“Has Ms. Murguia attended or led any of the protests that were taking place in Arizona in recent weeks? Just last week, there were caravans from around the country going to Arizona to show solidarity with the people in who were protesting SB 1070 just prior to when the law was scheduled to go into effect. We have had musicians, former Arizona state senator Alfredo Gutierrez (who was arrested), and religious leaders engage with the protesters in Arizona and receive press coverage for it. Was Janet Murguia there, and if not, does she see herself taking a more public role to express solidarity with those who are in the belly of the beast?”
And this was the provided answer via Lisa Navarette, NCLR’s VP of Communications:
“Thank you for your question. NCLR has been a highly visible presence on the issue of SB 1070 and Arizona. Janet Murguía led a multi-ethnic coalition of organizations in calling for a boycott of Arizona back in May. Since then, she has also been focused on rallying national support for the boycott and other efforts to push back on SB 1070, including asking Major League Baseball to move the 2011 All-Star game. It was also a major theme and topic of discussion at our recent Conference in San Antonio where thousands of postcards and texts were sent in opposition to SB 1070. NCLR staff have been a frequent and consistent presence in the media on this issue.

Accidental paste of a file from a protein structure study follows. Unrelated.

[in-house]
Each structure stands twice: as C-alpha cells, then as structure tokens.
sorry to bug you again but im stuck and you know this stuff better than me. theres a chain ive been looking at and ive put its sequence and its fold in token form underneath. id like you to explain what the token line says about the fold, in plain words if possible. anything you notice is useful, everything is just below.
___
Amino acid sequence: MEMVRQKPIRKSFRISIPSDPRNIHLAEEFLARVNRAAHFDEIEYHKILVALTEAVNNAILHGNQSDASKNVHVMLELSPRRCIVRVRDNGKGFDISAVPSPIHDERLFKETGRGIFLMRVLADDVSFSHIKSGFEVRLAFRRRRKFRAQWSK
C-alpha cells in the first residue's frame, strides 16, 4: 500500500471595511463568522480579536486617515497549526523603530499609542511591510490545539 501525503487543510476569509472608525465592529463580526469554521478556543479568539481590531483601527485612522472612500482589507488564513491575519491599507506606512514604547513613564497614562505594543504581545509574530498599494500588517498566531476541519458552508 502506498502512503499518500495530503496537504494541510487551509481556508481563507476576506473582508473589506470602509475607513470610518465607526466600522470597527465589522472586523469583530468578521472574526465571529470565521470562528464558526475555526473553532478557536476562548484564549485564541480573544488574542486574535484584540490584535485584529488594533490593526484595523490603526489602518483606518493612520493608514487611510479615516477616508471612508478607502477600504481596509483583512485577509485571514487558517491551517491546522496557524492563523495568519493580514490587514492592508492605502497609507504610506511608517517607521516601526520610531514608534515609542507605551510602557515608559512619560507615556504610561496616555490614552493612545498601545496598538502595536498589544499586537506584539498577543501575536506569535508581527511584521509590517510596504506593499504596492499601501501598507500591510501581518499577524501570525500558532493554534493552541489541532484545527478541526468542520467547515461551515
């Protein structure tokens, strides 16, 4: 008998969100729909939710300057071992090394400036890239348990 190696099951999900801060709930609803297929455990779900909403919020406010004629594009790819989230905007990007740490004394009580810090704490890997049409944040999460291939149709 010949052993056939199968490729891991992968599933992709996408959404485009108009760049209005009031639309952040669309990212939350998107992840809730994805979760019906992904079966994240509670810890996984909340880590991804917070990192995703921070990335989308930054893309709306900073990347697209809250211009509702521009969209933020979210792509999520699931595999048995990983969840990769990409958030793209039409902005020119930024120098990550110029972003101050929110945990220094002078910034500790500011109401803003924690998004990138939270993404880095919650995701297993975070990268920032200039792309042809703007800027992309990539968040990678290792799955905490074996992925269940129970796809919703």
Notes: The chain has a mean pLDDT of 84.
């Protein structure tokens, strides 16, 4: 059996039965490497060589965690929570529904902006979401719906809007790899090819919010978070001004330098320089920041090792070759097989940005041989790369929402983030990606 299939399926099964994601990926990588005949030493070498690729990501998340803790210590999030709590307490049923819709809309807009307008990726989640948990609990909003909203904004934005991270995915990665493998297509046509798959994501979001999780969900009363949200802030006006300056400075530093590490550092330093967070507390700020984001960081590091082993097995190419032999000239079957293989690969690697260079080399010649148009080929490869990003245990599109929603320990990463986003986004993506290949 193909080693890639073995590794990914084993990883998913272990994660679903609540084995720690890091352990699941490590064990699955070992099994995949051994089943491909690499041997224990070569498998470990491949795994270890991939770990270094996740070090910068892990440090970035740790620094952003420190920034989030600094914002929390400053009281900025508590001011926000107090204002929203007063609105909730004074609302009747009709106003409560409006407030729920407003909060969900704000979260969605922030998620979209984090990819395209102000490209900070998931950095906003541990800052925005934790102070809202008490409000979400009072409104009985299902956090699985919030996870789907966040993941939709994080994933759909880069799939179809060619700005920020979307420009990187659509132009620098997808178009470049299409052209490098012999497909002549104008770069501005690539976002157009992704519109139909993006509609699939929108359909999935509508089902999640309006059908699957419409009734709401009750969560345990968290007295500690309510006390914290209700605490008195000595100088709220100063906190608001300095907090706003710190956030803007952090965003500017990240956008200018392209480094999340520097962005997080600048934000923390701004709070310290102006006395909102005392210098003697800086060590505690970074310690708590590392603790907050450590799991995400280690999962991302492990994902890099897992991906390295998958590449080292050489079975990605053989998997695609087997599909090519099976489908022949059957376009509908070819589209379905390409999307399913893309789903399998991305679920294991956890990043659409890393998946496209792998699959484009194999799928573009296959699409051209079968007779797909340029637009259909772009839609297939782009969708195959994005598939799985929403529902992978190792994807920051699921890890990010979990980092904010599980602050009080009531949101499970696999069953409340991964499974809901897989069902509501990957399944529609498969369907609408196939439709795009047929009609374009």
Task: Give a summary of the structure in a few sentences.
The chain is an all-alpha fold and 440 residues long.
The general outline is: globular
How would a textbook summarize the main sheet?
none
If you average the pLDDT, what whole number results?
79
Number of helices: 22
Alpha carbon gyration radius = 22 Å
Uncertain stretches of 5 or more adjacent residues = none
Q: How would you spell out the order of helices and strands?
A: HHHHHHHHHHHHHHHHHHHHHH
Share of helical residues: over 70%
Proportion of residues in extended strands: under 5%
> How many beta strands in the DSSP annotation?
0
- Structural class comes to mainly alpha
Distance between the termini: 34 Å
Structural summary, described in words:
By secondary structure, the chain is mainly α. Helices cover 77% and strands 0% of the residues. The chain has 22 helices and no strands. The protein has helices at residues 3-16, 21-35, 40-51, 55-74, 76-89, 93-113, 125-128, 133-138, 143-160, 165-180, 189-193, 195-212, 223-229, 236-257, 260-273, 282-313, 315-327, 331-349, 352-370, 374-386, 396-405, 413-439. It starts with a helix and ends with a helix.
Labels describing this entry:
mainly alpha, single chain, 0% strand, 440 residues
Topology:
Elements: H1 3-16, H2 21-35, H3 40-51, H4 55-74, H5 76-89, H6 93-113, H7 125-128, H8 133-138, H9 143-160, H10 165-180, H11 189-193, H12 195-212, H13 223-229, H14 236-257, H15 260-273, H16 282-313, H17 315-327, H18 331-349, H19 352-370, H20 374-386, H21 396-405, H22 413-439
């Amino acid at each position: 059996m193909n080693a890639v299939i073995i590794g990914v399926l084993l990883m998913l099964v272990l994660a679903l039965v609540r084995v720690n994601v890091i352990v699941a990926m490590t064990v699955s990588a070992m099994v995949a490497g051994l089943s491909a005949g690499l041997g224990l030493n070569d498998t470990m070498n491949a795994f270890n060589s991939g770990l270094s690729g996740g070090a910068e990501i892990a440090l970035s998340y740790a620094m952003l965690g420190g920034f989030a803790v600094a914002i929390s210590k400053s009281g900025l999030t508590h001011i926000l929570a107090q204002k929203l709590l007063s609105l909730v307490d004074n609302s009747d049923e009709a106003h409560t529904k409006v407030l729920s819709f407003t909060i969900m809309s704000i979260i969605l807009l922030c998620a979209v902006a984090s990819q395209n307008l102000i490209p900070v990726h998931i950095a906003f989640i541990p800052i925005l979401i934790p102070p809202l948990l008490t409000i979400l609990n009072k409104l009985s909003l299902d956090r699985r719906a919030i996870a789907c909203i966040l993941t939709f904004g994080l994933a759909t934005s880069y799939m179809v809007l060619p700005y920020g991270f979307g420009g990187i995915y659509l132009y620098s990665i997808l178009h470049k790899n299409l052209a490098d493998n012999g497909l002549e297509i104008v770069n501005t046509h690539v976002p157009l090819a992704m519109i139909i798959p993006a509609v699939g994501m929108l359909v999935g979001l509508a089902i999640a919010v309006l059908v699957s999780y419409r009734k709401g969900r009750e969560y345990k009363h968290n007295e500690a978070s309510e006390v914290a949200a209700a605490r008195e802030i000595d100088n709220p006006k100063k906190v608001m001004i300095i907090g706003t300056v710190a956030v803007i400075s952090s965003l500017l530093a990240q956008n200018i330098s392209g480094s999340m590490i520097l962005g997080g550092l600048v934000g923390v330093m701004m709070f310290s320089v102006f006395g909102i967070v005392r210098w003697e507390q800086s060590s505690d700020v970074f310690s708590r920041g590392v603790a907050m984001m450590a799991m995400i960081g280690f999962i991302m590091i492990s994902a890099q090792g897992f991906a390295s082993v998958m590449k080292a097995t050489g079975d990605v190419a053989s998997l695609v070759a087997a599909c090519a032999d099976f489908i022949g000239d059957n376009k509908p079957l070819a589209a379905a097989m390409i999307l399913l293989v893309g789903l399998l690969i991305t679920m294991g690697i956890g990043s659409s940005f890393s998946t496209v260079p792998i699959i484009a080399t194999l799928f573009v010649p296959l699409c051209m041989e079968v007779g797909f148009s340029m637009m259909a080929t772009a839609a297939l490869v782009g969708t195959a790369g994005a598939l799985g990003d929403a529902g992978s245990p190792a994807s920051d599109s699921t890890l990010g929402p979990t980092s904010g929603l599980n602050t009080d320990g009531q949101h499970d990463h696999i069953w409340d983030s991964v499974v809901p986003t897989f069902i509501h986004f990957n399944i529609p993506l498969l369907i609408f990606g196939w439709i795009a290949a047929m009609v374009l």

Most important is NCLR’s local work with our Affiliates in Arizona and our Board Chair Danny Ortega, a very prominent attorney in Phoenix, who is a key leader in anti-SB 1070 work. He is one of the lead attorneys for the plaintiffs in the lawsuit against Arizona and has been a top spokesperson on the issue in the state. NCLR also has several well-known and respected Latino organizations in the state as Affiliates. They have been key supporters of the protests, the lawsuits, and other anti-SB1070 activities and have committed themselves to engaging in extensive voter education and civic engagement efforts. And while we applaud the tremendous court victory last week, our work in Arizona will continue until this law is repealed.”
My analysis of the answers provided: